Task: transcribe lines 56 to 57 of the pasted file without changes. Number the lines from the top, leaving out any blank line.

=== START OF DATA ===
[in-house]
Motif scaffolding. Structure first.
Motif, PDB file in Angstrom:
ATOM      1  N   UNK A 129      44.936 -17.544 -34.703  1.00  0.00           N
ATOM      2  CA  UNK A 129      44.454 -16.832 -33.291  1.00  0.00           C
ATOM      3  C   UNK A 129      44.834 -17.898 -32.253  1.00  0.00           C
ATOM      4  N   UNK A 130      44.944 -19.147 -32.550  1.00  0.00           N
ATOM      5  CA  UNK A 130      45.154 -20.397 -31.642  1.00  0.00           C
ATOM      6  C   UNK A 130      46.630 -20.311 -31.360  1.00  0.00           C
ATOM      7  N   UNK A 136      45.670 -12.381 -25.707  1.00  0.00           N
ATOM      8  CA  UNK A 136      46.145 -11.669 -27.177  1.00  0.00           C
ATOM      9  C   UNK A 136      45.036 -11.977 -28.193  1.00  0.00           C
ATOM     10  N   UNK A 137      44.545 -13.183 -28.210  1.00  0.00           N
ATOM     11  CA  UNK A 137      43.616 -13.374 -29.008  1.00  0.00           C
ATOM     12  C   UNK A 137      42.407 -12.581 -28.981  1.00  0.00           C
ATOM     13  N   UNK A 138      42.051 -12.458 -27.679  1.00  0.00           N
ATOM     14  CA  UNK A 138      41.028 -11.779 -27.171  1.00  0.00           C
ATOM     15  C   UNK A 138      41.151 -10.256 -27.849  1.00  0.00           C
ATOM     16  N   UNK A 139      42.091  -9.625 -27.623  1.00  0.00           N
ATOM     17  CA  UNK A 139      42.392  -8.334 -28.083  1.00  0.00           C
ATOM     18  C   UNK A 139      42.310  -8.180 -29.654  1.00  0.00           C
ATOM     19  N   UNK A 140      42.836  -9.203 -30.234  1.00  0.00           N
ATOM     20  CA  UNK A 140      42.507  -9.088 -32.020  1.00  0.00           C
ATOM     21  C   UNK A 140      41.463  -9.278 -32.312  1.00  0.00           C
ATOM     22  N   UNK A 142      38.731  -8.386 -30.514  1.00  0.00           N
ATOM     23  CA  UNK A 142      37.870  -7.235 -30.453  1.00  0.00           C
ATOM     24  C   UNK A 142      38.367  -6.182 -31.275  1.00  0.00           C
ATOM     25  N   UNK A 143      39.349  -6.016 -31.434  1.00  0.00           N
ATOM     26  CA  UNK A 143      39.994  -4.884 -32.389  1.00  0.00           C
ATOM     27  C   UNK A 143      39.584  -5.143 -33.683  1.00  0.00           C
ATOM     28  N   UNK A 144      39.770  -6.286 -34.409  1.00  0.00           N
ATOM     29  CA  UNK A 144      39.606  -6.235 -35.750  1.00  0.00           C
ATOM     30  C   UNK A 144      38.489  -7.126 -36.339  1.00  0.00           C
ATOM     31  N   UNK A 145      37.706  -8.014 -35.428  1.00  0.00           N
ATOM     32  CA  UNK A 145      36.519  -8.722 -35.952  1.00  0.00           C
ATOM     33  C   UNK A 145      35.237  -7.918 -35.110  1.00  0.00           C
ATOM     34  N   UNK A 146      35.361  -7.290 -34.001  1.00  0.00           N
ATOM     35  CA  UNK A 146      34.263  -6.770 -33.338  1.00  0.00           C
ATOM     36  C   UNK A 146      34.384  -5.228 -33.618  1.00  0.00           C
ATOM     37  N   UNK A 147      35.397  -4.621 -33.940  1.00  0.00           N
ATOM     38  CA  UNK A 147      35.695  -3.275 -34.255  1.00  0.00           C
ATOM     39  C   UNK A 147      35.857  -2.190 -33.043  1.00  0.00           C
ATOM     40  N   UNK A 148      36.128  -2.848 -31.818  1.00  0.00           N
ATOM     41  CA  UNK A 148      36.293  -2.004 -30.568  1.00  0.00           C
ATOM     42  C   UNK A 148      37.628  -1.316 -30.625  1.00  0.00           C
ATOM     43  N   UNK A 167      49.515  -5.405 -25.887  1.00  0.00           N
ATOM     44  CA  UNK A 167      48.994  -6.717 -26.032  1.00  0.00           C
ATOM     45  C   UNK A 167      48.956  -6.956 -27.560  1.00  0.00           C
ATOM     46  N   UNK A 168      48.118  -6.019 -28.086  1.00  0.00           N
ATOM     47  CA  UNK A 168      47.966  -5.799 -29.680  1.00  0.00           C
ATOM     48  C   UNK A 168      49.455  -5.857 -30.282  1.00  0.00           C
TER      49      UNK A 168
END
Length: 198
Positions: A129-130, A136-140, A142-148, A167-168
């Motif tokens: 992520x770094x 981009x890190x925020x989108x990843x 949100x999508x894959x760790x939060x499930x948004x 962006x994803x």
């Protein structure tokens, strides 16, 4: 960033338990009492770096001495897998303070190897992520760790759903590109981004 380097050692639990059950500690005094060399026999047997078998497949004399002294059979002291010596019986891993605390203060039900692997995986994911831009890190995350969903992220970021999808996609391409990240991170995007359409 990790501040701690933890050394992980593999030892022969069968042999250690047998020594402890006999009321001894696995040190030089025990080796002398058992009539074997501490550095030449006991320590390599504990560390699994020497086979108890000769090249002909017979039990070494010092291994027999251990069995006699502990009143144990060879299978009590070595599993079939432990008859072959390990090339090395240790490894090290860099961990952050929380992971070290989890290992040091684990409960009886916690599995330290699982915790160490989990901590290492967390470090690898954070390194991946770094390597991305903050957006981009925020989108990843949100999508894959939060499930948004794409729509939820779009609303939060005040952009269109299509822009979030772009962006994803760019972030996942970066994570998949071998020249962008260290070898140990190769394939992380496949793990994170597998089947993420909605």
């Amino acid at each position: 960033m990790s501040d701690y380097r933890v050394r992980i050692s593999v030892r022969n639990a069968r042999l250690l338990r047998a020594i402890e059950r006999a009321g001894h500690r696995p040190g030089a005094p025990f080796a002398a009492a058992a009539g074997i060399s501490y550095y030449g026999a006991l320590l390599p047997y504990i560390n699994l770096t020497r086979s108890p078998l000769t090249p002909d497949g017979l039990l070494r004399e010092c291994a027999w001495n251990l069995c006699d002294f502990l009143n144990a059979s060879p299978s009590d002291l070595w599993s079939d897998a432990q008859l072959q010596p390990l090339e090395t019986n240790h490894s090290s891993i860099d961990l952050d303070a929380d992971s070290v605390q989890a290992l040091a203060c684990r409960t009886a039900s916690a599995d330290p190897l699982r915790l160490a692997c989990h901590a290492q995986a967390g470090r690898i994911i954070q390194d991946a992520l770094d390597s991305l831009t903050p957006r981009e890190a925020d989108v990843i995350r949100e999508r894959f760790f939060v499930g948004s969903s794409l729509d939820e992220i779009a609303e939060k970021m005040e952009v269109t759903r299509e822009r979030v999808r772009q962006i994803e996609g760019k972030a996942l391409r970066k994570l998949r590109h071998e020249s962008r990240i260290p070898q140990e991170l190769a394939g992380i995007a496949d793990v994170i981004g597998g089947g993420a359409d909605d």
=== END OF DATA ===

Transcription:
């Motif tokens: 992520x770094x 981009x890190x925020x989108x990843x 949100x999508x894959x760790x939060x499930x948004x 962006x994803x």
């Protein structure tokens, strides 16, 4: 960033338990009492770096001495897998303070190897992520760790759903590109981004 380097050692639990059950500690005094060399026999047997078998497949004399002294059979002291010596019986891993605390203060039900692997995986994911831009890190995350969903992220970021999808996609391409990240991170995007359409 990790501040701690933890050394992980593999030892022969069968042999250690047998020594402890006999009321001894696995040190030089025990080796002398058992009539074997501490550095030449006991320590390599504990560390699994020497086979108890000769090249002909017979039990070494010092291994027999251990069995006699502990009143144990060879299978009590070595599993079939432990008859072959390990090339090395240790490894090290860099961990952050929380992971070290989890290992040091684990409960009886916690599995330290699982915790160490989990901590290492967390470090690898954070390194991946770094390597991305903050957006981009925020989108990843949100999508894959939060499930948004794409729509939820779009609303939060005040952009269109299509822009979030772009962006994803760019972030996942970066994570998949071998020249962008260290070898140990190769394939992380496949793990994170597998089947993420909605």